Building hope for adolescent girls in post-earthquake Haiti

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© UNICEF/NYHQ2010-1206/Roger LeMoyne
A girl smiles during class in a tent at Celie-Lilavois Primary School in Port-au-Princel. Some 4,700 schools were damaged or destroyed by the earthquake, affecting some 700,000 school-age children. The new school year brings both challenges and opportunities for girls in Haiti.

By Anna Azaryeva

NEW YORK, USA, 13 October 2010 – As schools open for the new academic year in Haiti, the hope is to bring all boys and girls to school, those who attended before the earthquake struck in January 2010, and those hardest to reach, who will go to school for the first time.

Providing girls and boys with a safe and nurturing educational environment is a priority in Haiti. However, as 1.3 million Haitians are still displaced 10 months after the earthquake, adolescent girls remain one of the most disadvantaged groups. Factors including disparities and poverty put Haitian girls and young women at risk before the earthquake, and now, living in displacement camps, they are particularly vulnerable to sexual and other forms of violence.

UNICEF Radio podcast moderator Amy Costello spoke with Judith Bruce, Senior Associate and Policy Analyst with the Population Council’s Poverty, Gender, and Youth program, and Michelle Trombley, UNICEF’s Gender-Based Violence Specialist in Haiti, about the situation for adolescent girls in Haiti, both in camps and at school.

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Girls at risk

“The situation for adolescent girls in Haiti has been increasingly difficult,” said Michelle Trombley, who is leading UNICEF’s response to violence against women and girls in Haiti. “Schools have just started. For a lot of children, this is going to be the first time back in an actual building structure since the earthquake, so there are many different levels of stress that are facing girls.”

“There was very little focused on girls, particularly the youngest girls, who have become the rising proportion of the reported rapes and other kinds of violence,” said Judith Bruce. “The work we have done is showing that most of youth programmes, in fact, are dominated by older males who are threatening to these girls, so very early on girls start dropping out and the least empowered girls just do not show up.”

“There is nowhere to hide in the camps,” explains Michelle Trombley. “There is really no space that girls have to find safety and security or to even talk about issues that they have going on.”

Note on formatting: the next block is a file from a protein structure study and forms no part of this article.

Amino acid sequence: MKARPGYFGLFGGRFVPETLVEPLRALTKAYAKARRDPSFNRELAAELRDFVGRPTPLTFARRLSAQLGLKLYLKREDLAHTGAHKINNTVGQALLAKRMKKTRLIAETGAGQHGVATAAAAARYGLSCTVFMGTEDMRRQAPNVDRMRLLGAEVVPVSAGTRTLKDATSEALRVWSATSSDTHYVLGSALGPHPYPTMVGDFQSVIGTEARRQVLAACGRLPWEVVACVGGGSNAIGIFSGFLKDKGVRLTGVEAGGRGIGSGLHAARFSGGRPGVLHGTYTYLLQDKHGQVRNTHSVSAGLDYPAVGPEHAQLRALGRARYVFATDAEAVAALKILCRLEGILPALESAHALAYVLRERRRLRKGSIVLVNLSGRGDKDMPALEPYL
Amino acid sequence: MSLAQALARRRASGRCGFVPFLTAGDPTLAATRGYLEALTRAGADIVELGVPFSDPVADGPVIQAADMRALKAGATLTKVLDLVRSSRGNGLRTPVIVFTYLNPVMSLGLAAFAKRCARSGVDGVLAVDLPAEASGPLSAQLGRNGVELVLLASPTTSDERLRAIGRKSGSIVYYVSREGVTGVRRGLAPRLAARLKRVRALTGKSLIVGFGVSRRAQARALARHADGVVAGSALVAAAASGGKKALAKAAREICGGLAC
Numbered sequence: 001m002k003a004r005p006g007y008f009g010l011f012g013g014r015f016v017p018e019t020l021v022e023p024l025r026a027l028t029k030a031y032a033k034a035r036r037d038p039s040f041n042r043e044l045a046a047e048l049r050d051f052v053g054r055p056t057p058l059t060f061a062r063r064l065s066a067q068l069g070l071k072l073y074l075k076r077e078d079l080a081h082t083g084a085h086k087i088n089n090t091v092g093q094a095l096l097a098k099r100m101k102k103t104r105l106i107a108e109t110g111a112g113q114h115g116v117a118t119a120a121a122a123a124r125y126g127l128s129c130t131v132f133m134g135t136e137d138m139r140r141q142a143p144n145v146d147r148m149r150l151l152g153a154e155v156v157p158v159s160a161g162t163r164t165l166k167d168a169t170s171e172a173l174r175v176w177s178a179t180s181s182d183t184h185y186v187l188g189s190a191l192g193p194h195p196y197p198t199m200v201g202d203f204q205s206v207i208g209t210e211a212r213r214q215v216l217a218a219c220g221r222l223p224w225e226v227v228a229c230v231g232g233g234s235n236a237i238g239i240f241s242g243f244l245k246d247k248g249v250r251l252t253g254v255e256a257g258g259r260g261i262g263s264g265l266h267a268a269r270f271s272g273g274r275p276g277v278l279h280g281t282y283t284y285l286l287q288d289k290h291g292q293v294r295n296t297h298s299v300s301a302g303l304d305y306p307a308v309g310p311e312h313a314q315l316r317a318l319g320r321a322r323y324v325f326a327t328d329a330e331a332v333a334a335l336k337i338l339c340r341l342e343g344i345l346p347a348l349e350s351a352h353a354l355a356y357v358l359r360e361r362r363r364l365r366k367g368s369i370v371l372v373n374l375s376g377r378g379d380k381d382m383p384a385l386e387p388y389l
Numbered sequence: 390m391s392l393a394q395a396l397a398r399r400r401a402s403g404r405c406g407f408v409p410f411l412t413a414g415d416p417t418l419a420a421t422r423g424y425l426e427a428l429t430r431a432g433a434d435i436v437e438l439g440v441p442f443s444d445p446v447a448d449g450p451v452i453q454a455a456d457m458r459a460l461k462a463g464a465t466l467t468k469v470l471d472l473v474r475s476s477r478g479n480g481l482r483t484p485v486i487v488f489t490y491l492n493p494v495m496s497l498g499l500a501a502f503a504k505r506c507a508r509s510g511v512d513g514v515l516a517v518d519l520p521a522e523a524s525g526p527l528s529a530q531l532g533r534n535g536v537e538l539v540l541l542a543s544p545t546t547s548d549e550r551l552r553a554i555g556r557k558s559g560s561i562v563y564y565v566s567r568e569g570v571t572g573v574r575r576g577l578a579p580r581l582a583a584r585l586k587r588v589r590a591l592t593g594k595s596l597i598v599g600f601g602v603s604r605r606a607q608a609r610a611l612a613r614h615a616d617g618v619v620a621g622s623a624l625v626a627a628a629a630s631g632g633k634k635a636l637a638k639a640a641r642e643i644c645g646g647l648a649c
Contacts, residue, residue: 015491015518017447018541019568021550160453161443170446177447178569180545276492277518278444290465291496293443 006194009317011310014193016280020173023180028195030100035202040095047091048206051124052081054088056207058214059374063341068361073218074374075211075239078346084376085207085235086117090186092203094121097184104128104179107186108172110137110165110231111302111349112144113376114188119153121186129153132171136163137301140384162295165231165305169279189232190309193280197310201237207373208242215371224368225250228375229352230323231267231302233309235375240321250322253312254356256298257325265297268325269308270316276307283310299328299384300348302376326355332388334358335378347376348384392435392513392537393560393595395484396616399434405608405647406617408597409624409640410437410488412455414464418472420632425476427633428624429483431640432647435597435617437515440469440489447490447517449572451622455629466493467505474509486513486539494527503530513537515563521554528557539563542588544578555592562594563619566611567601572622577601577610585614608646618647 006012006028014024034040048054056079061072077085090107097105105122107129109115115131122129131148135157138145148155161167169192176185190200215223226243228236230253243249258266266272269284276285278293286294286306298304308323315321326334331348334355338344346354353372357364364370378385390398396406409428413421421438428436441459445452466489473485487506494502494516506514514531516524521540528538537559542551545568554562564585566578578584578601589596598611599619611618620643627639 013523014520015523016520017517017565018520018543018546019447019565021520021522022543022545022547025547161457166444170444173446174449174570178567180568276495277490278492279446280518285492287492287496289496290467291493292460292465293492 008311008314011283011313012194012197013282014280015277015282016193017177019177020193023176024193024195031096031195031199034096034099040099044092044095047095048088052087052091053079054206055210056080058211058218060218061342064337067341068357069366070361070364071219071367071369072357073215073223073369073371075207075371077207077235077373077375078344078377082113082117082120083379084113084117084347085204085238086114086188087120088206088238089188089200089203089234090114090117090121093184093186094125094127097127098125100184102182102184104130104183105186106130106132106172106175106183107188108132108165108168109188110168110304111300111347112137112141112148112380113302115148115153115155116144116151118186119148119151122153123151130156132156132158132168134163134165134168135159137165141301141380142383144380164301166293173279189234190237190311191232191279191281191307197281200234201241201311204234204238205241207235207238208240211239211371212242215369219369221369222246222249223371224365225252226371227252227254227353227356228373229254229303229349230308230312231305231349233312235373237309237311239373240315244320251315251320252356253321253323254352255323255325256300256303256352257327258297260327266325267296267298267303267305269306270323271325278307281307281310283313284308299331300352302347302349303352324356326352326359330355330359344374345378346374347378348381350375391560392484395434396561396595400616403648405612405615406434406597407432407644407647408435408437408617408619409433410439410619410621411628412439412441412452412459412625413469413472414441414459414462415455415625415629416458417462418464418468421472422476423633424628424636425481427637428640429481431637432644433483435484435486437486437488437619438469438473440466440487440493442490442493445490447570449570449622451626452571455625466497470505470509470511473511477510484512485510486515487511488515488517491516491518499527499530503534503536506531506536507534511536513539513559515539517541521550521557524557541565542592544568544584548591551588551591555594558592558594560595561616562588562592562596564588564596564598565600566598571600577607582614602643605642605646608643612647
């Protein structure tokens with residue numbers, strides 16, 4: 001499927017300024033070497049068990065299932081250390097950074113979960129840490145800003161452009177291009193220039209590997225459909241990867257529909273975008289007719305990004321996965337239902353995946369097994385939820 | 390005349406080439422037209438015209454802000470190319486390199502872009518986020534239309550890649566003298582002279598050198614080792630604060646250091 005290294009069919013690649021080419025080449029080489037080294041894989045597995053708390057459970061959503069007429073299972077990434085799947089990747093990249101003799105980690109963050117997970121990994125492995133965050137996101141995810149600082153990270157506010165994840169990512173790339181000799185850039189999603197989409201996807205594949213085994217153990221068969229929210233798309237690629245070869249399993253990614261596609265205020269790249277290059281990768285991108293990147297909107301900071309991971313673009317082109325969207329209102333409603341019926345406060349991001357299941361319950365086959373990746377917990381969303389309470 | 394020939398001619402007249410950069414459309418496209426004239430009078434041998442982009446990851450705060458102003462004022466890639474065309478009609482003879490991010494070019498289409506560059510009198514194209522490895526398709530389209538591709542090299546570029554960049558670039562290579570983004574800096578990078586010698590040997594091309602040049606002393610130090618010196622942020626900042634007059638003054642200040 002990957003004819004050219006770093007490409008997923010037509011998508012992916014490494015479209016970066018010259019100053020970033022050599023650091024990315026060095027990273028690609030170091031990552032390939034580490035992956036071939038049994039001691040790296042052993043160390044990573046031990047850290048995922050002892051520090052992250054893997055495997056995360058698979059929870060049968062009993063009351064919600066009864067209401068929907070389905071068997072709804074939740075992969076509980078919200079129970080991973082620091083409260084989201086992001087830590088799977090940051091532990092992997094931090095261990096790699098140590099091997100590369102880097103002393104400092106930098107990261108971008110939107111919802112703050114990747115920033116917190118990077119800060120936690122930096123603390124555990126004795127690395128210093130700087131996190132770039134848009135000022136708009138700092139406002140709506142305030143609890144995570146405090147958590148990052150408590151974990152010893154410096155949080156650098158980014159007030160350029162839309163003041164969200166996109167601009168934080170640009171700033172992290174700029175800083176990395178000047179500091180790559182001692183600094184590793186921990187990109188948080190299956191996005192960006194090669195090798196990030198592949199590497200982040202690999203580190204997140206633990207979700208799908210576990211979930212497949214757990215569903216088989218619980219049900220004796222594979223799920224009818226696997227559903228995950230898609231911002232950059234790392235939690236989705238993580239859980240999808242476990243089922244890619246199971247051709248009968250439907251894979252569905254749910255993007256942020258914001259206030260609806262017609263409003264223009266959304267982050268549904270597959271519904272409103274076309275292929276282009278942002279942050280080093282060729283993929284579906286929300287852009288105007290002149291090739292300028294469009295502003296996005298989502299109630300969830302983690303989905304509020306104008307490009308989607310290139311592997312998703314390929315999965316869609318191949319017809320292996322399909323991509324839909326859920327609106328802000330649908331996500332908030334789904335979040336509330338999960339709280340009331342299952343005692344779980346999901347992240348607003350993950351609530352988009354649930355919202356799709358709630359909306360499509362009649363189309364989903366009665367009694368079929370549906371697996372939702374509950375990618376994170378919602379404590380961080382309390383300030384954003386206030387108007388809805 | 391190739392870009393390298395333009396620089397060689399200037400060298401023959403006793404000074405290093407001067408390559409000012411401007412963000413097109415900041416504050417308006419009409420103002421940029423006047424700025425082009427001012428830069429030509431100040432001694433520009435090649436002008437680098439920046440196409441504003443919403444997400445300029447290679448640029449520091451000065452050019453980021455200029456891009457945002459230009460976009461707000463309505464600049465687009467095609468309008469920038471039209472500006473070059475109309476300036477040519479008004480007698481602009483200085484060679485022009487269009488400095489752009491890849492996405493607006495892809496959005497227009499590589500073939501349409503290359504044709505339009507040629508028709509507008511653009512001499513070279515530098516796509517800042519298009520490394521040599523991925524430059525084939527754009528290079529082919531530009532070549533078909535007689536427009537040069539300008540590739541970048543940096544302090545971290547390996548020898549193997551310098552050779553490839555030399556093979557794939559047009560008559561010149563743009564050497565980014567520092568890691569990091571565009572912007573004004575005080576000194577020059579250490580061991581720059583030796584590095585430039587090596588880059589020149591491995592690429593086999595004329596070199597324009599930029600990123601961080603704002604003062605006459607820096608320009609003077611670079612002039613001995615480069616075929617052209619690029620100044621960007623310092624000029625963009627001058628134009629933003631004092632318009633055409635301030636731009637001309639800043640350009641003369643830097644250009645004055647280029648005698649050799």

Dedicated spaces for adolescent girls

To empower and protect Haitian girls, AmeriCares and the Population Council co-founded the Haiti Adolescent Girls Network. This coalition of humanitarian organizations aims to reduce girls’ risks of poverty, violence, and rape by supporting the creation of dedicated safe spaces for adolescent girls.

“Girls need a space where they can go to regularly and reliably, at least weekly, at least for two hours, where they can be themselves – essentially a place where they can talk about their concerns and the stress they are under,” said Judith Bruce. “The specific theory, with good evidence now, is that girls who have strong friendship networks are much better protected.”

Empowering and protecting girls

© UNICEF/NYHQ2010-1282/Marta Ramoneda
Nine-year-old Rachel(name changed) was kidnapped near the tent camp where she was living with her sisters after the earthquake. She was raped and badly beaten. After Rachel returned from the hospital, the assaulter tried to attack her again. Dedicated spaces for adolescent girls can help girls build support networks and protect them from violence.

The start of a school year presents new challenges concerning girls’ safety at school, but also new avenues to empower girls. “There are a lot of opportunities to be working within schools, to be working with girls and with boys as well to raise their awareness about the issues and to be working with them more from the prevention point of view,” said Michelle Trombley.

For adolescent girls, having additional community-based opportunities is especially important. “When you have girls’ spaces, you can move directly into basic literacy which is often what’s missing”, said Judith Bruce. “There is a tremendous amount of confidence and asset-building that can be done in the community-based platforms.”

Judith Bruce explained that these programmes work particularly well in conjunction with school programs, especially when targeting the youngest girls in secondary school.

“They often are the ones who are the most likely to be victimized because they’re the youngest females in the setting,” she said. “I think there is a lot we can do with single-sex opportunities, and a lot we can do from community-based programs.”

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